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May 16, 2017

Leclanché introduces new lithium-ion battery system to reduce vessel emissions

Switzerland-based Leclanché has launched its new lithium-ion battery system known as the Marine Rack System (MRS), which is intended to help marine operators reduce emission from their vessels.

Switzerland-based Leclanché has launched its new lithium-ion battery system known as the Marine Rack System (MRS), which is intended to help marine operators reduce emission from their vessels. 

The modular system will also aid vessel operators in reducing their overall operating costs.

Leclanché's MRS is the first marine battery system of its kind approved by DNV-GL under the revised rules issued in October 2015, and has already undergone roughly 20 different tests to ensure its operational safety in marine environments.

The first Leclanché MRS unit features a capacity of 4.3MWh and is set to be installed on a new E-ferry vessel in Demark, as part of the €77bn European Union (EU) Horizon 2020 project.

The E-ferry will be the world’s largest fully electric ferry by battery capacity and will be able to accommodate both passengers and cars onboard. It is scheduled for launch by the end of the year.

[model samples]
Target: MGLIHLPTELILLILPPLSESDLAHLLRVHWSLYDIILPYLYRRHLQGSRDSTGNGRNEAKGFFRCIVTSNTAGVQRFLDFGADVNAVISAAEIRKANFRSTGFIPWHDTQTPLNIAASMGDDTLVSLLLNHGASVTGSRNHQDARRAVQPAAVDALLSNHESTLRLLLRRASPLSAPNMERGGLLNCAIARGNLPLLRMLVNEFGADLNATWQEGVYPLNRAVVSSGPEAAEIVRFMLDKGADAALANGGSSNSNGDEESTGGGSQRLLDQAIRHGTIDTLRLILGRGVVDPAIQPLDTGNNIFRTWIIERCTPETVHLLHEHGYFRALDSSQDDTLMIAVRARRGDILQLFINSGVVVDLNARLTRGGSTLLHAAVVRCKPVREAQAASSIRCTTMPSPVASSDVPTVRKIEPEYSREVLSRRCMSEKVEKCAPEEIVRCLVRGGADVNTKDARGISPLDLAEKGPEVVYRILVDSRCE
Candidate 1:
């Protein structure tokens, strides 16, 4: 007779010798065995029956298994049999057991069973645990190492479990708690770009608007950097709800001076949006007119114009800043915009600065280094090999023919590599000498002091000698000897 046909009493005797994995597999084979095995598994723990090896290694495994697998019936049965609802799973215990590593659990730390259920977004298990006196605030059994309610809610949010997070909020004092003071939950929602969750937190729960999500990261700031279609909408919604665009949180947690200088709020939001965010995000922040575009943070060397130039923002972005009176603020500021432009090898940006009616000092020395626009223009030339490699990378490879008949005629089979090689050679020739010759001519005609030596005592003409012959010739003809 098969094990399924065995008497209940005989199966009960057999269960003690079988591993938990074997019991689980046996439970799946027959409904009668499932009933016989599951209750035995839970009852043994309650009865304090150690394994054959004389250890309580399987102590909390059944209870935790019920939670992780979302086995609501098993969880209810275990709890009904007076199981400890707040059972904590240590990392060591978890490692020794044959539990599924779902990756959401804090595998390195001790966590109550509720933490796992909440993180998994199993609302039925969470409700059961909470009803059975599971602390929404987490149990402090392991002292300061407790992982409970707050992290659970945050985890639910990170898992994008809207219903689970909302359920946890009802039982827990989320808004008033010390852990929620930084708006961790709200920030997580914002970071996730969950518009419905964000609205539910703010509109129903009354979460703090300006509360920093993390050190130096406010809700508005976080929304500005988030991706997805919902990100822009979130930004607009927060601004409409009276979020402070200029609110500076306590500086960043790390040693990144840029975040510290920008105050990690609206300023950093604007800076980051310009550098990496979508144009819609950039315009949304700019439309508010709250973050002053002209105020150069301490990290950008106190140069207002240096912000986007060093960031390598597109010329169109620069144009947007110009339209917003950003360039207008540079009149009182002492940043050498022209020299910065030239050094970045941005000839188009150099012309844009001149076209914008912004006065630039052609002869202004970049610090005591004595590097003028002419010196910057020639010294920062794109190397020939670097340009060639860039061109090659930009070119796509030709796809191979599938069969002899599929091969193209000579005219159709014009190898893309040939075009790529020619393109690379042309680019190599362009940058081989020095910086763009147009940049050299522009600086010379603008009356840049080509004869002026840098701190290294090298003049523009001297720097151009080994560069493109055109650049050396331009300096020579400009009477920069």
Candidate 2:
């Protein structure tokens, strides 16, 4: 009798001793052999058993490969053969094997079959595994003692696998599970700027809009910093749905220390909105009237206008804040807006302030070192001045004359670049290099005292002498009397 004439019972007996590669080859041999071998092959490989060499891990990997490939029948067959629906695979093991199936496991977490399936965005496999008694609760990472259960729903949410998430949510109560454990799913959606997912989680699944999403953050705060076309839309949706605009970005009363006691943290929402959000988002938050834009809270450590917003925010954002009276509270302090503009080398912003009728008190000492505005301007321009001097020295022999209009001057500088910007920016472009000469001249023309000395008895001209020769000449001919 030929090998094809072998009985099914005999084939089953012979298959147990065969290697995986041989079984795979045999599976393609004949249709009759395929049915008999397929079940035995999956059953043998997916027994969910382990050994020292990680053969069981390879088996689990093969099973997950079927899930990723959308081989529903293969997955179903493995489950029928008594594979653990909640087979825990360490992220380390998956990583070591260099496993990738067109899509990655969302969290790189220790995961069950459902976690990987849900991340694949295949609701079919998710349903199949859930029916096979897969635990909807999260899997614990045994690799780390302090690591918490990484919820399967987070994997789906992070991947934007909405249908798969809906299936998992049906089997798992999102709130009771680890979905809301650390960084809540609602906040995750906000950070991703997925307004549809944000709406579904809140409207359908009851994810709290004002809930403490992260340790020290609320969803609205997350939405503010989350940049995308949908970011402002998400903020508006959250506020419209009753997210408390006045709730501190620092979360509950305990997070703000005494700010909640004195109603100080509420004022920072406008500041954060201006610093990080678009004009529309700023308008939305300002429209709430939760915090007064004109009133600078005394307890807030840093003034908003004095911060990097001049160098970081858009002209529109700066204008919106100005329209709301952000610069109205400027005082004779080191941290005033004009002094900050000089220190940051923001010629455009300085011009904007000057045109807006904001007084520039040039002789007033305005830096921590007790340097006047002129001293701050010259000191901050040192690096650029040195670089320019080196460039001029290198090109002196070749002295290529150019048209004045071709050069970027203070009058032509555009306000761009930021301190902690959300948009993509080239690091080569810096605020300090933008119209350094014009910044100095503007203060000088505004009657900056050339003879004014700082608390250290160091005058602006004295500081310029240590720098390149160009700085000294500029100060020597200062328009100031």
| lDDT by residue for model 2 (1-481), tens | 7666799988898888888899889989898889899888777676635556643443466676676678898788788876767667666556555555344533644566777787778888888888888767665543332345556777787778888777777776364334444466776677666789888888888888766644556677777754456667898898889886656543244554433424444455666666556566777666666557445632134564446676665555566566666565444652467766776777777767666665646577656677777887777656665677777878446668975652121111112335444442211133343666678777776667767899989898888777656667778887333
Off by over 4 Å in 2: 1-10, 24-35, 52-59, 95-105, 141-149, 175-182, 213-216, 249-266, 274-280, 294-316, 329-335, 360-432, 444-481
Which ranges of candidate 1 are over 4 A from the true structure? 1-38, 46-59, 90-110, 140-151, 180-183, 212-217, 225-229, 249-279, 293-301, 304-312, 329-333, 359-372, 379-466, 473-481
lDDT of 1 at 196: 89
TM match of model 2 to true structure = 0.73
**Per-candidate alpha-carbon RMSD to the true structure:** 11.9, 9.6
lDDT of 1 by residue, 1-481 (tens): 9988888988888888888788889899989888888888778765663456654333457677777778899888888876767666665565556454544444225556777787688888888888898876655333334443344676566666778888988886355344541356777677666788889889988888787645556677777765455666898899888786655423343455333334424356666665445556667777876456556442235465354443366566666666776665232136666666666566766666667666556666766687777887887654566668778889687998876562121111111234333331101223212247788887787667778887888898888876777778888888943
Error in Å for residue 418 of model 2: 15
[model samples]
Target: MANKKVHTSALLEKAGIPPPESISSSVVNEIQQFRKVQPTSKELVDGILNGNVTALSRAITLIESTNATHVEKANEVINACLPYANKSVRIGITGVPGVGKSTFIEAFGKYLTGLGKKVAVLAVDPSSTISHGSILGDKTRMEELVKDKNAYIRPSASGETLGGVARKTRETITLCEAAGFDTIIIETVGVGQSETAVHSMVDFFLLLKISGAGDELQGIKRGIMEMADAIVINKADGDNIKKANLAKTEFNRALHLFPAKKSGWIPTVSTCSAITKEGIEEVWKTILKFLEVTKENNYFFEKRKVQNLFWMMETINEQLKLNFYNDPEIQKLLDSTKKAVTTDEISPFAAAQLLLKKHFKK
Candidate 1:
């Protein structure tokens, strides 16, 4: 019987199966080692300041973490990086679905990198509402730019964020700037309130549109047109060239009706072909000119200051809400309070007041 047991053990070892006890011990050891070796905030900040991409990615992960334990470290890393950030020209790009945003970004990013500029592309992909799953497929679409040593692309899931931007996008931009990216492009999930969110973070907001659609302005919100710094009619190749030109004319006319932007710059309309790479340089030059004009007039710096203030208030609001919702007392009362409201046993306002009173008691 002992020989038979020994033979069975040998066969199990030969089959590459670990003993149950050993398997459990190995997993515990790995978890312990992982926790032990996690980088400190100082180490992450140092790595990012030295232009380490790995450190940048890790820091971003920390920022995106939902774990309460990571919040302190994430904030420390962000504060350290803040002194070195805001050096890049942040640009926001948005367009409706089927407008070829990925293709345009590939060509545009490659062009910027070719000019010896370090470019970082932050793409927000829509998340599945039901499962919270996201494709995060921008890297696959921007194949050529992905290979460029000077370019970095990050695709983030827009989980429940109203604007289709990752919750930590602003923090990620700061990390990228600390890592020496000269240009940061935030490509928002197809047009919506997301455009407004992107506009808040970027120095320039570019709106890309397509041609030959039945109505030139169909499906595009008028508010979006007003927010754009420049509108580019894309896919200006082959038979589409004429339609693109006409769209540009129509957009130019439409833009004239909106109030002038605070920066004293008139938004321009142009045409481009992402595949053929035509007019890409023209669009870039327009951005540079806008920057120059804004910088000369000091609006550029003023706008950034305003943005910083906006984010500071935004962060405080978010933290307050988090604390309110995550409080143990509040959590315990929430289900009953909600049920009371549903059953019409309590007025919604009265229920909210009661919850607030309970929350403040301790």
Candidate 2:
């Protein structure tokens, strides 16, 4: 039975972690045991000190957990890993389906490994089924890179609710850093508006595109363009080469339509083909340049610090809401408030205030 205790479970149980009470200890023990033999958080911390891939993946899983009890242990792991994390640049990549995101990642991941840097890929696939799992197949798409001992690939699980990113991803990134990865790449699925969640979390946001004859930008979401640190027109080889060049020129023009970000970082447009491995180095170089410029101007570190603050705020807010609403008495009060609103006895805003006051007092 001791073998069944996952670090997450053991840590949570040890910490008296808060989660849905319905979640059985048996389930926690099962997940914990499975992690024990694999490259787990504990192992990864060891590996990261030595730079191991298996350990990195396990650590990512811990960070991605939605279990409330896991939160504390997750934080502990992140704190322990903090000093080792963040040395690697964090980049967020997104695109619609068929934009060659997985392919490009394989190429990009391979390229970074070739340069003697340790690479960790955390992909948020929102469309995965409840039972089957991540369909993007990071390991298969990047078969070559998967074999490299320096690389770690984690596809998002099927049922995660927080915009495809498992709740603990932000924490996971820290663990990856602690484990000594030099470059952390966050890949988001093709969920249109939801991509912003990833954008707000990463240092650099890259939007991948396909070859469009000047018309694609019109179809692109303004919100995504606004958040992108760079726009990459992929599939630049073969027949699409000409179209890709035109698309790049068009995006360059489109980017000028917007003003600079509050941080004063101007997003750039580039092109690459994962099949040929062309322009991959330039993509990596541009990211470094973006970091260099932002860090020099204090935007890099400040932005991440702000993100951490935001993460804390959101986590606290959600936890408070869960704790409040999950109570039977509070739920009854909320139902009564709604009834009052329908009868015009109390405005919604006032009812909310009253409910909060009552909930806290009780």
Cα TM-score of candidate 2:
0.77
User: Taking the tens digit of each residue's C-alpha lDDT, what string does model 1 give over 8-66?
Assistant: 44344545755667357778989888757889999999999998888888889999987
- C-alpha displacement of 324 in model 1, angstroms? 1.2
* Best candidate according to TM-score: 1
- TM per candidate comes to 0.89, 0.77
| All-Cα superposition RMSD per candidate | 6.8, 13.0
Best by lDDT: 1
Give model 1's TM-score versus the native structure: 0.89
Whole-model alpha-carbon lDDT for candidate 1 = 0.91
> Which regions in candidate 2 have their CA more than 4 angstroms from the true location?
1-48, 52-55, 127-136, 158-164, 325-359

"There is a huge opportunity for marine vessels across the world to reduce their harmful emissions and cut their operating costs by leveraging battery storage technology."

Leclanché CEO Anil Srivastava said: “There is a huge opportunity for marine vessels across the world to reduce their harmful emissions and cut their operating costs by leveraging battery storage technology.

“This is why we developed the MRS and we are delighted that it is the world’s first such solution to receive type approval from DNV-GL.

“This certification opens up a very exciting and substantial global market for Leclanché.”

Leclanché further noted that its MRS could be used in other marine applications, such as hybridisation and peak shaving of auxiliary loads of cargo vessels and cruise ships.

The Scandinavia region has a potential to convert around 200 ferry routes to electric within the next decade according to various industry estimates, while the entirety of Europe has potential to convert over 1,000 ferries.

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